I just finished reading Unveiling motion and emotion by Anabella Lenzu, artistic director of the Anabella Lenzu Dance Drama.
A book that reveals the author’s great passion for dance, she tells us her experiences, readings, places and people that have influenced her path. A path that could not have been different from what it has been and still nowadays is, a life made of dance, dedicated to dance. Where dancing is not only technique, but the way to become aware of ourselves, to express ourselves and get in touch with people. A sincere book, in which I find the teacher, the choreographer, the person I knew when I danced for Gabriella Stazio’s Performing Arts Group.
“Performing”, as we used to call it, is the Youth Company of Movimento Danza, which is an artistic and cultural association, as well as a company, dance school, and a National Institution of dance promotion based in Naples.
Gabriella, together with the regular teachers that were part of her team, gave us the privilege to study with some of greatest teachers and choreographers from both the classical and contemporary dance world.
It’s enough to mention Victor Litvinov and Ugo Ranieri for classical ballet (sometimes Fabio Gison and the San Carlo chorus came to teach us pas de deux), Joseph Fontano, Rachel Campbell and Bruce Michelson for contemporary dance, and many other artists internationally known, were invited for workshops, or to create a choreography specifically for the Performing.
Anabella Lenzu, dancer, teacher and choreographer from Argentina, trained at the Teatro Colon in Buenos Aires, and specialised herself in Humphrey/Limón technic in New York, was one of the inspirational personalities invited by Gabriella to give us a workshop and to create a choreography for the Performing Arts Group.
The experience was one of those that leaves its mark.
Anabella is overwhelming, passionate, enthusiastic, smiling and friendly, but also precise, demanding and stubborn.
During the time we spent together, she revolutionised our routine. The ballet class was based on floor exercises and the contemporary class required a bar. She wanted us to do the tandu opposite one another at the center of the room, “as birds chirping,” she told us. She tried in every way to ease tensions and stiffness of the body, to elongate the movements and give fluidity to each one of them.
Her lessons were characterised by a research of a deep and sincere expression. The whole body was supposed to dance, including our eyes.
I remember there was a moment in “December 2001”, the piece she choreographed for us, where the movement started by the fingers of the hand, then passed to the wrist, elbow, shoulder, to then pull up the whole body in a very slow relevé that almost was not to be perceived by those who watched. The focus was on our faces!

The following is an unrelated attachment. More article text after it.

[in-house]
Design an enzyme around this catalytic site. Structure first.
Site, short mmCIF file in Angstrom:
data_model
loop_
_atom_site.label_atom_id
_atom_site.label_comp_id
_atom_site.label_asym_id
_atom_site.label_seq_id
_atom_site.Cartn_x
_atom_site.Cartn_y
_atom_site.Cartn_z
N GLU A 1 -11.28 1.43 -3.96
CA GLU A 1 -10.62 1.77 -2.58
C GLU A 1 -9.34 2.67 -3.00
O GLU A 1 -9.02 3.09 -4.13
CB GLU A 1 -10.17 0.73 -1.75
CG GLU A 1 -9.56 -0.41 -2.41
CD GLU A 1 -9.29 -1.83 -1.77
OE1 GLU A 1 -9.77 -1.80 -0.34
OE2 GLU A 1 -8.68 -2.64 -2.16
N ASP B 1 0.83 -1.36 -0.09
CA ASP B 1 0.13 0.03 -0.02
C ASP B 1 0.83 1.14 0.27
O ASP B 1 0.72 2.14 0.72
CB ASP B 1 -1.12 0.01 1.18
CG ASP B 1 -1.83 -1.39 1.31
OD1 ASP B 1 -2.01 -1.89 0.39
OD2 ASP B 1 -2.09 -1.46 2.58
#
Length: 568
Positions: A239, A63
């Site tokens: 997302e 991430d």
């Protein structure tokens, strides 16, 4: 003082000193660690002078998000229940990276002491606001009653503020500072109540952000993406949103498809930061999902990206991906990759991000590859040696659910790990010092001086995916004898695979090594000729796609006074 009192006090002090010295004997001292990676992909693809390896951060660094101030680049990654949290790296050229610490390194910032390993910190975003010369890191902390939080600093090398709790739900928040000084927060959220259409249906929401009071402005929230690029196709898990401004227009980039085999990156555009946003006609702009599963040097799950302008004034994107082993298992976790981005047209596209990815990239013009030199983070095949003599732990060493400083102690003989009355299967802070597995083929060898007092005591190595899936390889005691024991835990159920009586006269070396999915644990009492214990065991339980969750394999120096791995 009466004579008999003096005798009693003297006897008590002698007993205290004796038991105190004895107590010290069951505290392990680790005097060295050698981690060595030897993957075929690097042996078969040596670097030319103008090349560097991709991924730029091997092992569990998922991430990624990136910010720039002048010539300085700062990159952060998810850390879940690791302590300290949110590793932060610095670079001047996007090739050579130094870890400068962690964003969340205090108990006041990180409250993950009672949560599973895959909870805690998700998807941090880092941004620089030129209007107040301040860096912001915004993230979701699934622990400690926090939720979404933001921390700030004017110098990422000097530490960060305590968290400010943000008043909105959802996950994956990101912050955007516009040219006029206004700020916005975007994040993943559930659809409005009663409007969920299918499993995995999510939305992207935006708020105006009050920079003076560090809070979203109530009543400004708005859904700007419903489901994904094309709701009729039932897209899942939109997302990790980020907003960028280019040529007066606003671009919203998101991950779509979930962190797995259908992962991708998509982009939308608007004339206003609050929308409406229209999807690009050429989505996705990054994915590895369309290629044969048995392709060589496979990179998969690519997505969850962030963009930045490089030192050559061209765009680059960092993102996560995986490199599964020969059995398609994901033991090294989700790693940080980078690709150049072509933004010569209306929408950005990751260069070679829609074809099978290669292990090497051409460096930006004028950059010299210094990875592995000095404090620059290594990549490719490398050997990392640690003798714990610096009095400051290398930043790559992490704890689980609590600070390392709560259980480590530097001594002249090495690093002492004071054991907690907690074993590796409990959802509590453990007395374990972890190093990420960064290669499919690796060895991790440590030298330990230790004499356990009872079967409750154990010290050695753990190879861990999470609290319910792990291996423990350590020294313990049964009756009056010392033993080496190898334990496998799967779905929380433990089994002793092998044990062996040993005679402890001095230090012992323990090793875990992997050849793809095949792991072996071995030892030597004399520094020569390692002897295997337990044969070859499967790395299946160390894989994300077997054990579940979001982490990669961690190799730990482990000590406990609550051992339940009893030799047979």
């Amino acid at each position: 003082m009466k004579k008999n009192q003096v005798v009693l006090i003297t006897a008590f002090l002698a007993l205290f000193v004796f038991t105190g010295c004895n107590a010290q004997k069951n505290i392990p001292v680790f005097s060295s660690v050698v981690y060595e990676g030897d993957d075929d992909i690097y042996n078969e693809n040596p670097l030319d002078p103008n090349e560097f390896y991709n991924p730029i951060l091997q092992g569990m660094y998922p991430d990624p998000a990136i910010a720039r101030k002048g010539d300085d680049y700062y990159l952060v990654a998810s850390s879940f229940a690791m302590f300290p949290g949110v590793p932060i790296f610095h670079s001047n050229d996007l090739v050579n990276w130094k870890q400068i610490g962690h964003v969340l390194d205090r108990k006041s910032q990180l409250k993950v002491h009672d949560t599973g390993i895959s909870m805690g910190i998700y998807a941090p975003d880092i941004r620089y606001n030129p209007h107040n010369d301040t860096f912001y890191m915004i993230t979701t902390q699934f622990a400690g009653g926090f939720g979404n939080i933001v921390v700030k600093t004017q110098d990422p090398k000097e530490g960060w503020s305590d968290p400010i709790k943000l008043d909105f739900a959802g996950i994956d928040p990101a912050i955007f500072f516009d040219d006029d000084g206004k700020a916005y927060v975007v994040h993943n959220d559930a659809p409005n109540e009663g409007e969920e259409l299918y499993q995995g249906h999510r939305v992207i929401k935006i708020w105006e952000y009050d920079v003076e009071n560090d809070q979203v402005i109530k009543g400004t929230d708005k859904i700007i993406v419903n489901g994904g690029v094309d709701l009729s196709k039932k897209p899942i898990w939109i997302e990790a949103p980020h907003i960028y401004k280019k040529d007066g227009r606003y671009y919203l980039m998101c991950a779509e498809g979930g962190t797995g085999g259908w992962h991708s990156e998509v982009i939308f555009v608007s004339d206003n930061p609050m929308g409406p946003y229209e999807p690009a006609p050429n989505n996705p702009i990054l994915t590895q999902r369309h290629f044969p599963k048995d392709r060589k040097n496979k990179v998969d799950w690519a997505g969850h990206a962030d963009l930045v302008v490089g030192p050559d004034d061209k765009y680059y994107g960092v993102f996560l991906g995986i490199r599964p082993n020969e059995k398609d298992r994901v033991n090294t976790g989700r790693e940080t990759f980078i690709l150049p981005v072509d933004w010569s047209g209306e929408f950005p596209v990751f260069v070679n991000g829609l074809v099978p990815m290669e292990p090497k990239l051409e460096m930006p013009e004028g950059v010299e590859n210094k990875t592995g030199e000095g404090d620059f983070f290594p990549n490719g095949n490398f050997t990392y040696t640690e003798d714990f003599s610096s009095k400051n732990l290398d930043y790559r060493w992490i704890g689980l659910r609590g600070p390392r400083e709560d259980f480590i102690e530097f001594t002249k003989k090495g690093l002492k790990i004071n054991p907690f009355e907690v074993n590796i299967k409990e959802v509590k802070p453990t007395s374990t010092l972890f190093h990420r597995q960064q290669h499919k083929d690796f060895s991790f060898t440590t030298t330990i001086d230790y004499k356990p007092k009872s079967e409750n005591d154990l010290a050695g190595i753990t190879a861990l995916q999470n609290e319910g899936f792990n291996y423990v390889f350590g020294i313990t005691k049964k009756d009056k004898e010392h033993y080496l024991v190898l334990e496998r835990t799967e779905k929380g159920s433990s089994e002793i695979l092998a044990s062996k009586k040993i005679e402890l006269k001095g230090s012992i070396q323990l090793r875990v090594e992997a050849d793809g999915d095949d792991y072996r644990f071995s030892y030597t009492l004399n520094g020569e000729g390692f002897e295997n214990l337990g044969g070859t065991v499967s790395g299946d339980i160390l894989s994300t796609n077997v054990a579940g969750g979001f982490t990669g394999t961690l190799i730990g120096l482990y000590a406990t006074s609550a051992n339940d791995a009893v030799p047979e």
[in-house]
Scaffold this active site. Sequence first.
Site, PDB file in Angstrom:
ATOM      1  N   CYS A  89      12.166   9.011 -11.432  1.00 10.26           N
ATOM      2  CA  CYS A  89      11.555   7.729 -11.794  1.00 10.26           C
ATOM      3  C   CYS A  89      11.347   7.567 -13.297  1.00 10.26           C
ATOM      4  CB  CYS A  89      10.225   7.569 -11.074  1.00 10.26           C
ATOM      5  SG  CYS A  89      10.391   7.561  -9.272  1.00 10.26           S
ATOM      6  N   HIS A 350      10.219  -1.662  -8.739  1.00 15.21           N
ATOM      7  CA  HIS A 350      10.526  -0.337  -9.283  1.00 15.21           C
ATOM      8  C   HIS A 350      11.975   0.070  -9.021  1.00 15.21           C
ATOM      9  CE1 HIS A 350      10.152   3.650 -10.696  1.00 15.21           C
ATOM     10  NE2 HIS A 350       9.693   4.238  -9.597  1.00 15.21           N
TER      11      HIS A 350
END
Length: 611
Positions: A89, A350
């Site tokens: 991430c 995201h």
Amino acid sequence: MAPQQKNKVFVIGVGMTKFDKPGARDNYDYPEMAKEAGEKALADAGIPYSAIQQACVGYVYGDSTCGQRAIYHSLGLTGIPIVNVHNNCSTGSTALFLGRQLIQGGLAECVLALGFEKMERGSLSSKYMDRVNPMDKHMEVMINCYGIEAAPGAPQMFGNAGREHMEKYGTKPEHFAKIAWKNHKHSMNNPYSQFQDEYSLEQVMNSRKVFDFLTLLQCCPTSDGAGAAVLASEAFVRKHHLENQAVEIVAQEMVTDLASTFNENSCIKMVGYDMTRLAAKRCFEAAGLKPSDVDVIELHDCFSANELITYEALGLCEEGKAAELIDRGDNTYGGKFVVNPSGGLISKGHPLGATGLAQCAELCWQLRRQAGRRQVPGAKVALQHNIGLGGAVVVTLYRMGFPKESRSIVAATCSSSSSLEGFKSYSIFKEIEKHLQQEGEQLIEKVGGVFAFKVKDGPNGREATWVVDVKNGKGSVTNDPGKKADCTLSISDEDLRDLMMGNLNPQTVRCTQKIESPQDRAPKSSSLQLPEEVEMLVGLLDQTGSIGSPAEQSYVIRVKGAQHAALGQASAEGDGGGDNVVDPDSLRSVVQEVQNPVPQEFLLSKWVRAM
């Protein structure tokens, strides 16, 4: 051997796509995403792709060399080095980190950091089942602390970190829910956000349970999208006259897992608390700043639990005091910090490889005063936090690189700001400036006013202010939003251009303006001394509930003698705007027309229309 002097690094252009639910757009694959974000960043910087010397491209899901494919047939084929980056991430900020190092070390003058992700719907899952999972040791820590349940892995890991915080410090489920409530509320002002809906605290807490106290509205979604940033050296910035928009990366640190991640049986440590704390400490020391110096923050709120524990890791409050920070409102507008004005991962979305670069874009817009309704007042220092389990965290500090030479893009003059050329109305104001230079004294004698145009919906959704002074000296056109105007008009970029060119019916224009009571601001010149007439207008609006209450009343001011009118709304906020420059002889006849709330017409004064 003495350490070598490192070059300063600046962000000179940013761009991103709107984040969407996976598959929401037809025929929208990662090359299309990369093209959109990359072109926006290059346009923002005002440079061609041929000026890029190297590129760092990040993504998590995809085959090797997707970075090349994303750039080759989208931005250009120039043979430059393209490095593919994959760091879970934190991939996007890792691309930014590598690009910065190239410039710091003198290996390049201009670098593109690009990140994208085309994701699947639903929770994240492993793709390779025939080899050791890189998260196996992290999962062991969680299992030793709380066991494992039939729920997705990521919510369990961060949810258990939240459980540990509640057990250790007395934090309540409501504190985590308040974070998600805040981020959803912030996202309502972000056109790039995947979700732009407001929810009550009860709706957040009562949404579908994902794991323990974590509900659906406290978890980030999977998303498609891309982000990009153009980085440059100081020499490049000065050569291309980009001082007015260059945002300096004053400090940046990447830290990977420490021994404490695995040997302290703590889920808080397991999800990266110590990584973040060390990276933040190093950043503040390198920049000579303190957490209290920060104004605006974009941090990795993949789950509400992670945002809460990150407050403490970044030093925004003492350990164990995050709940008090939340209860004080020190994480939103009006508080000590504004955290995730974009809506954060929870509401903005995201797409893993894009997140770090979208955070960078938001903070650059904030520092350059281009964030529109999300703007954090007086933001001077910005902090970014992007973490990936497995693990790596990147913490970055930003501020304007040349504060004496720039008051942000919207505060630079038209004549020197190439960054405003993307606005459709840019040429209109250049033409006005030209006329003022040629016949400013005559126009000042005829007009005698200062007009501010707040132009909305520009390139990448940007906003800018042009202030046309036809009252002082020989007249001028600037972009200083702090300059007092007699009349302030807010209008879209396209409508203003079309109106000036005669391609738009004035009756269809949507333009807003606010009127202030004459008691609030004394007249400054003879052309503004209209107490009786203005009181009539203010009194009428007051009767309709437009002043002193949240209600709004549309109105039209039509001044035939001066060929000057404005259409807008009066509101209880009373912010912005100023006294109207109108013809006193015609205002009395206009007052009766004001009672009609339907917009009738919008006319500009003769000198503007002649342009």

The choreography was inspired by the riots that took place the 20th and 21st December 2001 in Plaza de Mayo in Buenos Aires. To dance it, we had to feel the same anger, the same desperation that led civilians to clash with the police for the terrible economic crisis that brought Argentina to its knees in the late ’90s.
After learning the steps, Anabella submitted us to an unusual training.
She asked us to lay on the floor listening to the music while in our mind we had to repeat the choreography, then she gave us earplugs, and one by one we had to dance without listening to the music at all, and then after making us scream (thing that I found impossible to do) she made us dance together.
We had to run, spread our arms as if we were throwing stones, jump and fight for something vital to the dignity of people, to fight corruption and strong systems. Each one of us did it for a different reason, but all together to give shape and force to that page of history that she transformed into dance.
It was an engaging work that we performed in several theaters in Naples, Caserta and Rome.
Although Anabella was not there, we knew exactly what he wanted and what she would want us to do. She didn’t only create a choreography, but she also taught us how to feel it and how to find it within us each time.
Years later, reading her book it was a joy, a blast from the past but also the hope for a future collaboration.